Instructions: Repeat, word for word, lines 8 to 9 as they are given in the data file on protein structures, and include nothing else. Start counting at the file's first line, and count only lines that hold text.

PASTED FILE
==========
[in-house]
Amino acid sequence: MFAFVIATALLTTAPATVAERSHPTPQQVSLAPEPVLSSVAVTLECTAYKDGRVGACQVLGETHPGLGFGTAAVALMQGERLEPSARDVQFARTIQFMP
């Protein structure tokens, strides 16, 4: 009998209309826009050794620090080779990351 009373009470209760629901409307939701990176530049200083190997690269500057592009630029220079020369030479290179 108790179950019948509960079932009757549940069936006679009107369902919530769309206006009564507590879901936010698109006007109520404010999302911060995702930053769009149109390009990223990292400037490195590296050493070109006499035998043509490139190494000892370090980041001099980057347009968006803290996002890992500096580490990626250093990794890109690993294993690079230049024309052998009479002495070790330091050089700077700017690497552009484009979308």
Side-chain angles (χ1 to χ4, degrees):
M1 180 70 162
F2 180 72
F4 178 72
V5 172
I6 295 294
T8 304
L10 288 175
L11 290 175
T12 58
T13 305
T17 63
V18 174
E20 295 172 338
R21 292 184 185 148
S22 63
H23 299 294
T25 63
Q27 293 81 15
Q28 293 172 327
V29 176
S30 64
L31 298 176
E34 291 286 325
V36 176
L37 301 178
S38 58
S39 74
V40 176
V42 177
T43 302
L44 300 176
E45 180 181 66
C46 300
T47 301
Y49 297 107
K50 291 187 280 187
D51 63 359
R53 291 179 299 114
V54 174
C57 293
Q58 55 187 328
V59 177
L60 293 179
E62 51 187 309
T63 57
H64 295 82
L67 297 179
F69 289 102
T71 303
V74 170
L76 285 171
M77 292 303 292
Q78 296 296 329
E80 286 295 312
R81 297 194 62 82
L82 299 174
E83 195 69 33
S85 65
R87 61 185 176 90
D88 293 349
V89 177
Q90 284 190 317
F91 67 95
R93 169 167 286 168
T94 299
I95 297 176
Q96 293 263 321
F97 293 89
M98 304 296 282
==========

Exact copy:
V5 172
I6 295 294